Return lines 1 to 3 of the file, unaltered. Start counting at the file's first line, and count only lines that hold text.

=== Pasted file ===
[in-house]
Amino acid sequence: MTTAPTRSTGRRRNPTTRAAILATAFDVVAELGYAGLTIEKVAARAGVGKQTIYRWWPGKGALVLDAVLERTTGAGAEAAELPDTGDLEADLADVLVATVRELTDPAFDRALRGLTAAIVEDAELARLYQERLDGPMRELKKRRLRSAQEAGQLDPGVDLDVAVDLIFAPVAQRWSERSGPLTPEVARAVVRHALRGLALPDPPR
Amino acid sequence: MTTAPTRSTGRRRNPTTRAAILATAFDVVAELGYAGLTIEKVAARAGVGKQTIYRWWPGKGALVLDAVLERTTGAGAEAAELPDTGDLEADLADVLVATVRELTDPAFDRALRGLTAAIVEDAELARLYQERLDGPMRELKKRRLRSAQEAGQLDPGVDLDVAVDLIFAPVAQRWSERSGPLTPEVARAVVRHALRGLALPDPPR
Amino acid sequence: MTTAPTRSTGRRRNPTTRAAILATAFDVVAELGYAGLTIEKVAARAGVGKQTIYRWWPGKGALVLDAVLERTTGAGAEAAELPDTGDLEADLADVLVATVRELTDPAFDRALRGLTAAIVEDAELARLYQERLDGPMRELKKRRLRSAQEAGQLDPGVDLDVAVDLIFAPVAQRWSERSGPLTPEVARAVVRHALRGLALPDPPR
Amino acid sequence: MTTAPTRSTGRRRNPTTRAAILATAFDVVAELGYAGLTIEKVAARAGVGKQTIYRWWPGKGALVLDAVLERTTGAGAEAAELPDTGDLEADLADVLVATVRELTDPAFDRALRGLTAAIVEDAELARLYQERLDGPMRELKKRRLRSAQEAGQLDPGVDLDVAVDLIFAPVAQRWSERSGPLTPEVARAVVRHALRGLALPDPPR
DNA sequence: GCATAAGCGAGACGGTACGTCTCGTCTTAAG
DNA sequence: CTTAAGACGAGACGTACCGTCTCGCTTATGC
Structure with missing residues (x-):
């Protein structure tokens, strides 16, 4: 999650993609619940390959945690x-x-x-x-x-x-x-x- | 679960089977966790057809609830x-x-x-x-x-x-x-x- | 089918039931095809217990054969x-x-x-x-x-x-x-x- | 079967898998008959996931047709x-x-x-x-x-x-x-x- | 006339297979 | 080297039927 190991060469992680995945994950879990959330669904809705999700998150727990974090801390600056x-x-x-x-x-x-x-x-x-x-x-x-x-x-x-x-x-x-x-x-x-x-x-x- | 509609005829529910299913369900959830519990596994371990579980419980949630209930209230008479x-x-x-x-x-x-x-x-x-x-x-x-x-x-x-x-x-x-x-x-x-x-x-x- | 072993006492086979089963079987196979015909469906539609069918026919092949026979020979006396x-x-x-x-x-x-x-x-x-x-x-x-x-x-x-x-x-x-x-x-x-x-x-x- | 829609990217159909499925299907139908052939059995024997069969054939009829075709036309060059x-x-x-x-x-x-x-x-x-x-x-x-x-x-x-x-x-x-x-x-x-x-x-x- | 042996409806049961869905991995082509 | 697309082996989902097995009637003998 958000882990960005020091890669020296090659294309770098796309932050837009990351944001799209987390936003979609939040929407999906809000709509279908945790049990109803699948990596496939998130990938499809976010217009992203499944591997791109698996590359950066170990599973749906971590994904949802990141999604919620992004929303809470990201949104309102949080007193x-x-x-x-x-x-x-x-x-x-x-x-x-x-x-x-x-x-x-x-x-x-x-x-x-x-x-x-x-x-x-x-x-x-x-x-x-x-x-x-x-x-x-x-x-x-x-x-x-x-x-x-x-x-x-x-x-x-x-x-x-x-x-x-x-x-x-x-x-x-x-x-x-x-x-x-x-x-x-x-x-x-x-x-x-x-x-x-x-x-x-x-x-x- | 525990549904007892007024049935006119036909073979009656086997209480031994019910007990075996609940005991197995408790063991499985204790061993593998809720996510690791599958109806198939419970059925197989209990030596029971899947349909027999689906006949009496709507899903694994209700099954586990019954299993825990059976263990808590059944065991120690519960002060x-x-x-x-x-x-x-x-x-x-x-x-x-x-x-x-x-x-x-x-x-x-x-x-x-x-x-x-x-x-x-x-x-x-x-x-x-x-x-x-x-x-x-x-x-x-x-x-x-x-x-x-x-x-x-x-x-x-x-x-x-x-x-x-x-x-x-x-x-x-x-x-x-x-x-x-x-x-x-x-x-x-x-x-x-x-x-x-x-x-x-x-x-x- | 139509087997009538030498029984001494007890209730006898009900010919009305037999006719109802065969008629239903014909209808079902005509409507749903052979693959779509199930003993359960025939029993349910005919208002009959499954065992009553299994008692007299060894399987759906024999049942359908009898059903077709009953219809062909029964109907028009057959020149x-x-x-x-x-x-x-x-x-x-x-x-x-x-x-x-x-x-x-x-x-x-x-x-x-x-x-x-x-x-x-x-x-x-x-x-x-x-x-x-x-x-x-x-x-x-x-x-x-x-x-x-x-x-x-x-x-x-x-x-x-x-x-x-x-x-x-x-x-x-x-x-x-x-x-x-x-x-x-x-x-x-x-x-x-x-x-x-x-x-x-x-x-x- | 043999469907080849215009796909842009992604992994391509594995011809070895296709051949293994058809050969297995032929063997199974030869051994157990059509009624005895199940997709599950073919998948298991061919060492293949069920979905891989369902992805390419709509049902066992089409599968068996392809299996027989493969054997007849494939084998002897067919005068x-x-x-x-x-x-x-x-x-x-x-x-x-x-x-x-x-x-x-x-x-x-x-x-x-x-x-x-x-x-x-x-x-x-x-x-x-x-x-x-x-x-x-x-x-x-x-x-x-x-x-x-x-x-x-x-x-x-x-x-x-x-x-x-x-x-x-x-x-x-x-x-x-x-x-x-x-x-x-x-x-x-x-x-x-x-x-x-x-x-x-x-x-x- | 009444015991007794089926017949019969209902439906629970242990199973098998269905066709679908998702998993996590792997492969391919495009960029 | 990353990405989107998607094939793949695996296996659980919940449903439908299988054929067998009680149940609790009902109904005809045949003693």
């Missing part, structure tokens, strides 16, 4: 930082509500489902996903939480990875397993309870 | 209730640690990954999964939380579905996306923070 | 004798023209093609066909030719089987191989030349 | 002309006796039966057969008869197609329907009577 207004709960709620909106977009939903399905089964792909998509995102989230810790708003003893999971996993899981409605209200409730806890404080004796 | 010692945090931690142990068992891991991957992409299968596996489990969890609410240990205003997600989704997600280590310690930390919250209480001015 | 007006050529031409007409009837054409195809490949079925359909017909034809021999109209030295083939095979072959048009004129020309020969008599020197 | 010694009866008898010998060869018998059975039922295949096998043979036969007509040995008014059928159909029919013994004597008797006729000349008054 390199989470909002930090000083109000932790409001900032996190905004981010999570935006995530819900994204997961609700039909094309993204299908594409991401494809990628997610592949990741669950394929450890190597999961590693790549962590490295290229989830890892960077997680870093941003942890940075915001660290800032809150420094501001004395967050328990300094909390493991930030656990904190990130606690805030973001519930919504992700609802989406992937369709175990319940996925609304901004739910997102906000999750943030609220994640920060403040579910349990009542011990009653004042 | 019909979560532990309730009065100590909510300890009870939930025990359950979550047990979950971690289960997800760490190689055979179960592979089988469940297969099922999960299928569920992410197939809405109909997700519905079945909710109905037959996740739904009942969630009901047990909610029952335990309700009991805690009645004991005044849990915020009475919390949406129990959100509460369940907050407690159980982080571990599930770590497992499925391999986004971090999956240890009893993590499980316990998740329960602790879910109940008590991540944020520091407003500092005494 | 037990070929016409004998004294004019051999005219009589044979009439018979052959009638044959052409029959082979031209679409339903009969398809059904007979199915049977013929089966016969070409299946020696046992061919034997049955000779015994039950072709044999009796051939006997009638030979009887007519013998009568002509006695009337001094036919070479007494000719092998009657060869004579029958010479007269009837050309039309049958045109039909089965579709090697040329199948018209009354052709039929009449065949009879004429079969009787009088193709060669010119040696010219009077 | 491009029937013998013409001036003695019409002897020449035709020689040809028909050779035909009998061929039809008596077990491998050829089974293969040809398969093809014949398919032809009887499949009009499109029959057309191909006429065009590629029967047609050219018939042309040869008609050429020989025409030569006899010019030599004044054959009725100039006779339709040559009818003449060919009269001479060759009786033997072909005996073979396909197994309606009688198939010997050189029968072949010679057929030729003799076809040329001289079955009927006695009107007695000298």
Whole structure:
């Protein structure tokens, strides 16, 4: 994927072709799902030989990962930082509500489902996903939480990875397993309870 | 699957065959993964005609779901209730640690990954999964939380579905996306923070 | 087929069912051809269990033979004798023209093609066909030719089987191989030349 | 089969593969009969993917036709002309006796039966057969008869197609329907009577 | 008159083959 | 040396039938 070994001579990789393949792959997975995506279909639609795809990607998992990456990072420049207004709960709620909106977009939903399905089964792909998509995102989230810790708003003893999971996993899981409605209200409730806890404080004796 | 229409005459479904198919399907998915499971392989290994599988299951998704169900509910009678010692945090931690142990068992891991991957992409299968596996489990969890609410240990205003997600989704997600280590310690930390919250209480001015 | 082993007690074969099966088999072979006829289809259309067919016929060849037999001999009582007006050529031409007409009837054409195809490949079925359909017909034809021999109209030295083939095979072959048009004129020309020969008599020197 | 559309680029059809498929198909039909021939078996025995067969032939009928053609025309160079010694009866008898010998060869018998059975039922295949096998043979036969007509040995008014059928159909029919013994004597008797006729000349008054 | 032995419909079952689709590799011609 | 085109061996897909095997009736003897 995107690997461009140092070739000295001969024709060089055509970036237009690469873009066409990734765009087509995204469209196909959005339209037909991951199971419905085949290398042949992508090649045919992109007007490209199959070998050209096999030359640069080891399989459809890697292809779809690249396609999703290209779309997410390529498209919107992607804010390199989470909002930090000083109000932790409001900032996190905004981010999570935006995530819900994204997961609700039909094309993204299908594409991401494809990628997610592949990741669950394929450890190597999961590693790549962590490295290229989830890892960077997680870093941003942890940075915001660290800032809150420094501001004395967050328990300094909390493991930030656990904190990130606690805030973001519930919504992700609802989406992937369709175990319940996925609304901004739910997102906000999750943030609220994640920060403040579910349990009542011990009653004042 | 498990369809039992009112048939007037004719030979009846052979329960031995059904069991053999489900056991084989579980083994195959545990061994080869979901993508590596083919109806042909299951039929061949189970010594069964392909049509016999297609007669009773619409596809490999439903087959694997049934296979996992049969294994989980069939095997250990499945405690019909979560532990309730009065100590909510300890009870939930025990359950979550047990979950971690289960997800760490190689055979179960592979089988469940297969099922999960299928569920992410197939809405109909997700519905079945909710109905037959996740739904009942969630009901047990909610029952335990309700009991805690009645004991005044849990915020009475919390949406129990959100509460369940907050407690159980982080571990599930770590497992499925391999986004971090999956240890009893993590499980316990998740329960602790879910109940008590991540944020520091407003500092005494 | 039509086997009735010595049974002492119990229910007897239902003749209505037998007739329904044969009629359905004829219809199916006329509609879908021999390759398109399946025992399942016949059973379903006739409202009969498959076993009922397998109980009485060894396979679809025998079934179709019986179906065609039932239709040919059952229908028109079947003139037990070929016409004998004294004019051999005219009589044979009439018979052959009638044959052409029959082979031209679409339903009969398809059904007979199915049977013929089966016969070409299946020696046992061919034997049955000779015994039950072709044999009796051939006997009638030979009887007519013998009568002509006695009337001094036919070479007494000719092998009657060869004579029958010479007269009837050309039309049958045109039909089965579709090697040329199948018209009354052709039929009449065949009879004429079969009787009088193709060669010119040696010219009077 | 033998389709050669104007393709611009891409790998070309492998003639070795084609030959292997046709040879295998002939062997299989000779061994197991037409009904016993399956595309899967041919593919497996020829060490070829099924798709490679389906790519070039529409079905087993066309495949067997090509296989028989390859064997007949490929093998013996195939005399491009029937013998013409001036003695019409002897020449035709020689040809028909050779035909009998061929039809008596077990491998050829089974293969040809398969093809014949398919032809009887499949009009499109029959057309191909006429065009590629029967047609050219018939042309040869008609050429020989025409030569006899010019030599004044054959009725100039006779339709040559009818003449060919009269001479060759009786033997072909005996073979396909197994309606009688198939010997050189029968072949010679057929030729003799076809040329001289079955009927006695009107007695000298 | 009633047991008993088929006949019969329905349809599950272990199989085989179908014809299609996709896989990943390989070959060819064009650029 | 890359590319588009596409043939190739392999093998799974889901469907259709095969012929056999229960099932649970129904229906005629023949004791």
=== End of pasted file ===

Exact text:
[in-house]
Amino acid sequence: MTTAPTRSTGRRRNPTTRAAILATAFDVVAELGYAGLTIEKVAARAGVGKQTIYRWWPGKGALVLDAVLERTTGAGAEAAELPDTGDLEADLADVLVATVRELTDPAFDRALRGLTAAIVEDAELARLYQERLDGPMRELKKRRLRSAQEAGQLDPGVDLDVAVDLIFAPVAQRWSERSGPLTPEVARAVVRHALRGLALPDPPR
Amino acid sequence: MTTAPTRSTGRRRNPTTRAAILATAFDVVAELGYAGLTIEKVAARAGVGKQTIYRWWPGKGALVLDAVLERTTGAGAEAAELPDTGDLEADLADVLVATVRELTDPAFDRALRGLTAAIVEDAELARLYQERLDGPMRELKKRRLRSAQEAGQLDPGVDLDVAVDLIFAPVAQRWSERSGPLTPEVARAVVRHALRGLALPDPPR